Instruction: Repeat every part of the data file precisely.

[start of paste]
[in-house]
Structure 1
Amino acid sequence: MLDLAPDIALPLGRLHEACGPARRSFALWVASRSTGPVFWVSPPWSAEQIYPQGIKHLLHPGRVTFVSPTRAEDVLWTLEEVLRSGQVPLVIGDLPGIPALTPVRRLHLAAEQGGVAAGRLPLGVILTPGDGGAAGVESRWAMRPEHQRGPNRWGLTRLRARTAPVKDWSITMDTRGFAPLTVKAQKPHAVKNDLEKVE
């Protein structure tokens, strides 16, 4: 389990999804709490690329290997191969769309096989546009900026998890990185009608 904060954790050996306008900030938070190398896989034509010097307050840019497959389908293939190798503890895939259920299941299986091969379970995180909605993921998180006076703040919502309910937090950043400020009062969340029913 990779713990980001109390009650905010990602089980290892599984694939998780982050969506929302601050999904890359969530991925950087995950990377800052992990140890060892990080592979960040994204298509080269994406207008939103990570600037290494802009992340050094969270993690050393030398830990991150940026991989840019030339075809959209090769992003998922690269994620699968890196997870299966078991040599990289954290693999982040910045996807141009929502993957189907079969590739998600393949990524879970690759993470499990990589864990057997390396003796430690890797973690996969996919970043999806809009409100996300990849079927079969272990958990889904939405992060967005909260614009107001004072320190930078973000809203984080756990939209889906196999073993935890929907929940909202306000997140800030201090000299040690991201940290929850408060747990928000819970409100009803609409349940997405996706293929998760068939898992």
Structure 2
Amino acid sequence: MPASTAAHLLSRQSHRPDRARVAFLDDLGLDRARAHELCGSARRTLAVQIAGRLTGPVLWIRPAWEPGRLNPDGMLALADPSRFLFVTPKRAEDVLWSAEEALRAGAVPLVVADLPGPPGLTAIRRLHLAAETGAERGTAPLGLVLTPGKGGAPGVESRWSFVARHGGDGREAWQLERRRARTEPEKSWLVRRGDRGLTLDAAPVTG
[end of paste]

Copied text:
[in-house]
Structure 1
Amino acid sequence: MLDLAPDIALPLGRLHEACGPARRSFALWVASRSTGPVFWVSPPWSAEQIYPQGIKHLLHPGRVTFVSPTRAEDVLWTLEEVLRSGQVPLVIGDLPGIPALTPVRRLHLAAEQGGVAAGRLPLGVILTPGDGGAAGVESRWAMRPEHQRGPNRWGLTRLRARTAPVKDWSITMDTRGFAPLTVKAQKPHAVKNDLEKVE
């Protein structure tokens, strides 16, 4: 389990999804709490690329290997191969769309096989546009900026998890990185009608 904060954790050996306008900030938070190398896989034509010097307050840019497959389908293939190798503890895939259920299941299986091969379970995180909605993921998180006076703040919502309910937090950043400020009062969340029913 990779713990980001109390009650905010990602089980290892599984694939998780982050969506929302601050999904890359969530991925950087995950990377800052992990140890060892990080592979960040994204298509080269994406207008939103990570600037290494802009992340050094969270993690050393030398830990991150940026991989840019030339075809959209090769992003998922690269994620699968890196997870299966078991040599990289954290693999982040910045996807141009929502993957189907079969590739998600393949990524879970690759993470499990990589864990057997390396003796430690890797973690996969996919970043999806809009409100996300990849079927079969272990958990889904939405992060967005909260614009107001004072320190930078973000809203984080756990939209889906196999073993935890929907929940909202306000997140800030201090000299040690991201940290929850408060747990928000819970409100009803609409349940997405996706293929998760068939898992």
Structure 2
Amino acid sequence: MPASTAAHLLSRQSHRPDRARVAFLDDLGLDRARAHELCGSARRTLAVQIAGRLTGPVLWIRPAWEPGRLNPDGMLALADPSRFLFVTPKRAEDVLWSAEEALRAGAVPLVVADLPGPPGLTAIRRLHLAAETGAERGTAPLGLVLTPGKGGAPGVESRWSFVARHGGDGREAWQLERRRARTEPEKSWLVRRGDRGLTLDAAPVTG